A Brief Evolution of the Office
For many, the office is only fun when it involves Steve Carell. The modern-day workspace has evolved over centuries to be something that is supposed to heighten and enhance productivity but often does the complete opposite. Between noisy neighbours and eye-scathing white lights, conventional offices have evolved into the stuff of nightmares. But how did this evolution happen and most importantly, who can we blame?
The 16th-18th Century
If you go back to the Medieval ages, we see monks choosing to sit in small cubicles where they could focus on their work versus working from home of coffee houses, which was the most common ‘office’ at the time. In 1726 the The Old Admiralty Office is built in London to handle the growing amount of paperwork of the expanding British Empire and can be considered the first real office.
This is one guy you might be able to blame for all your office woes. He was obsessed with efficiency and in the early 1900s decided that workspaces should have a completely open layout with strict lines of desks. Managers were separated from their subordinates and that’s where your corporate prisons evolved from.
Though Taylorism became increasingly poular, a few Germans weren’t happy with is and developed something called the Office Landscape. This allowed a more natural flow of information and people and encouraged collaboration. The spaces used curved walls and plants as partitions in order to provide people with privacy but still allowing communication. This model became popular in the early 60s and spread through Northern Europe.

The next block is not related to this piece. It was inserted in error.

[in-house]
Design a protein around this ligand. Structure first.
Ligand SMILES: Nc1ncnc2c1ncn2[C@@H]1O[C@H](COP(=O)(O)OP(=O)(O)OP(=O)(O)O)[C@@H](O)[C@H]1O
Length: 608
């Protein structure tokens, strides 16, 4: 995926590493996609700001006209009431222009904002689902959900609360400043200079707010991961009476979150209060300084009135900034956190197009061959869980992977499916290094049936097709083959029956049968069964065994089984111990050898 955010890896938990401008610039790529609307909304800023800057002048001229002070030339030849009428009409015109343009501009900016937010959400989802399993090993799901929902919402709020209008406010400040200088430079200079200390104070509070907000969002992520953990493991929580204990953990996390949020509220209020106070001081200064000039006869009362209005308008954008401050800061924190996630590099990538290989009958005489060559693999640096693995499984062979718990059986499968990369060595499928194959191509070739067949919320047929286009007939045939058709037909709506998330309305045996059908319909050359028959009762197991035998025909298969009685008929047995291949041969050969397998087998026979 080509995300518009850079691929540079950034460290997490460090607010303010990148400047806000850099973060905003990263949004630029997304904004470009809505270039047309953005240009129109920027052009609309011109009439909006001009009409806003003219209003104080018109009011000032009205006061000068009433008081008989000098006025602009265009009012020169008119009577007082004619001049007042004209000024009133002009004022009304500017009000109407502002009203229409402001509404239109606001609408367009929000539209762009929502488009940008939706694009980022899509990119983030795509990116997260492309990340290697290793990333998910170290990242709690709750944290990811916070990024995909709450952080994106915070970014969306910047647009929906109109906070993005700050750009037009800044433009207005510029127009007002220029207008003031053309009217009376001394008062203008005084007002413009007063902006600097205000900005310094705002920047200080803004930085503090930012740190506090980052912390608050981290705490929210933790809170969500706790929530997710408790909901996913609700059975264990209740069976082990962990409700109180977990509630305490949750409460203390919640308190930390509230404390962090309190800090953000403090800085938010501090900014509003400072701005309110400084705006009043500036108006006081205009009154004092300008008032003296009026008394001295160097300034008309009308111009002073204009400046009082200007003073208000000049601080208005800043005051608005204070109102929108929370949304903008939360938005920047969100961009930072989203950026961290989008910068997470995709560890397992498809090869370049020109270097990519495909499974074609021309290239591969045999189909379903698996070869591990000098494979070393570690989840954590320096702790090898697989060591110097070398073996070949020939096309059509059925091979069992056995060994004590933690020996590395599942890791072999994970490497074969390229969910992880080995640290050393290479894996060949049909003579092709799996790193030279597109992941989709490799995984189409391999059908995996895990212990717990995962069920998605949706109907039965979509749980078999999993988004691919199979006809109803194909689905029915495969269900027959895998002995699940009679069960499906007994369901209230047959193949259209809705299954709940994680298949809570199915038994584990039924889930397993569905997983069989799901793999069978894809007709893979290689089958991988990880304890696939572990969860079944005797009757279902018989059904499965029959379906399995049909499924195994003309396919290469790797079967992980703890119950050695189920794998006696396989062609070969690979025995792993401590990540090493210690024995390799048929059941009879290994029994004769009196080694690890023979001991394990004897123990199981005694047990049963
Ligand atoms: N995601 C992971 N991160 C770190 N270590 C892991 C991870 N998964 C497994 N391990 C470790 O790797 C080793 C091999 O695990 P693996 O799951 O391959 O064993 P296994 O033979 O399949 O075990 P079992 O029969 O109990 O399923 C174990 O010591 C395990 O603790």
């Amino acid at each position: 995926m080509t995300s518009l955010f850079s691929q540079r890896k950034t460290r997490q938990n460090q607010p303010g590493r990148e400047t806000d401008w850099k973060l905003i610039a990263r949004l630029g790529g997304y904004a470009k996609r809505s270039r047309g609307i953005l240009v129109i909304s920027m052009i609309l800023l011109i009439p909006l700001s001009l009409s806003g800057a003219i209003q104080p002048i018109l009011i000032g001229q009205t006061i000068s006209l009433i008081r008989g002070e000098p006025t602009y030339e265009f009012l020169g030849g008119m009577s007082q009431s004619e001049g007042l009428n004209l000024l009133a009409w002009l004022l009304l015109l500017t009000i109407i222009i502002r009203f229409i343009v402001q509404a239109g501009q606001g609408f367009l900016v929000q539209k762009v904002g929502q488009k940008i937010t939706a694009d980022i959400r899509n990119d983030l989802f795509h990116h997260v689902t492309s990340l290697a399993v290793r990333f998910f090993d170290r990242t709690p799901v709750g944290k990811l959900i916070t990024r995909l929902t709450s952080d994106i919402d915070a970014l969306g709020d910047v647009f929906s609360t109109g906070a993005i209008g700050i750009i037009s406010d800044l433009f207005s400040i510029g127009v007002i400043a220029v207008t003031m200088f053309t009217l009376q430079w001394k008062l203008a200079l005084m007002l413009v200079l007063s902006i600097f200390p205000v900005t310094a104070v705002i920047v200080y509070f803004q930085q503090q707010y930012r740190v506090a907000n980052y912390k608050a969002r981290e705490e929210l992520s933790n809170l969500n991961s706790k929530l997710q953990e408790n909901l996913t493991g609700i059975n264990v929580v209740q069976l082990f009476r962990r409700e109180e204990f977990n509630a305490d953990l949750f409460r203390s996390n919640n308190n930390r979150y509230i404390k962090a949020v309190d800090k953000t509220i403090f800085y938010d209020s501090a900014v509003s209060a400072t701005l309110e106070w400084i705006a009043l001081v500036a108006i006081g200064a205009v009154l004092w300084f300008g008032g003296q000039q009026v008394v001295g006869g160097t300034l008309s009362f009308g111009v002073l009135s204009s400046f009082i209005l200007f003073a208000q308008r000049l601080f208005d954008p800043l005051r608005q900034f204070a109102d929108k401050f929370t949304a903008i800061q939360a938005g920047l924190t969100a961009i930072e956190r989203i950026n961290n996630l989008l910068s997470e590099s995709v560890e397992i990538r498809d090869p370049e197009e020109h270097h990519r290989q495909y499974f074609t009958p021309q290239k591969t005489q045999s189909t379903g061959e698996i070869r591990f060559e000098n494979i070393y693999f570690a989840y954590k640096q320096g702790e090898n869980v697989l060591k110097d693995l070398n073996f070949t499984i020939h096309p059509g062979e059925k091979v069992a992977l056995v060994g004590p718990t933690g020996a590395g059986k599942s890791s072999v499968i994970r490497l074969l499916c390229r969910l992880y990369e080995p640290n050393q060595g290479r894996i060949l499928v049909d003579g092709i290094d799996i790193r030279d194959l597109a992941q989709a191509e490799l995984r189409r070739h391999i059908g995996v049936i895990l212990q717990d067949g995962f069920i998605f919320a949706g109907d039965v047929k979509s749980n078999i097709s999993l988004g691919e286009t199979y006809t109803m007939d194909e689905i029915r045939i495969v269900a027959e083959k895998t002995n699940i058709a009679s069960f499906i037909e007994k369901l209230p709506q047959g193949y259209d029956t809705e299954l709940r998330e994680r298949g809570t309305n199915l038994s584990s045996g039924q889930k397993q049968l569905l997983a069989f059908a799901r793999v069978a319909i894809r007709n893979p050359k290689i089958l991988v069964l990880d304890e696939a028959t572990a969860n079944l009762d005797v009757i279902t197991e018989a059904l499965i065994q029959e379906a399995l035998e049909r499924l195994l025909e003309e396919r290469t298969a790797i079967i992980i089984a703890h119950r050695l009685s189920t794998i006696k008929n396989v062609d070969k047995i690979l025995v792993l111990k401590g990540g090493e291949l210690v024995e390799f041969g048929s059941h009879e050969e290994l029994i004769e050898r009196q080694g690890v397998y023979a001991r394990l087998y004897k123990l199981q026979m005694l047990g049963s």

The Action Office
An offshoot of the Office Landscape was Robert Propst’s Action Office which took the ideas of productivity and collaboration to the next level. The Action Office used modular furniture, moveable partitions, integrated storage and multi-level workstations to promote ‘action’ in the office. Unfortunately, this format became too expensive to replicate and most of the benefits of the Action Office were lost over time.
That dreaded, dreaded word is actually a child of the Action Office (which we were just beginning to like). Companies used the modular aspects of the Action Office but made them more economical and efficient creating a by-product of Taylorism and the Action Office.
Today, you can potentially find an office to suit every personality. From very corporate spaces to more open, creative ones. With technological advances many of us don’t even have to sit out of one particular office and are able to work remotely, from home or beautiful coworking spaces like Ministry of New.
For us work should be something you enjoy and we try to make that happen with bright, spacious rooms; cozy communal areas; events that connect you with your coworking community and a great team that is always ready to help. To learn more about what we do, please visit www.ministryofnew.in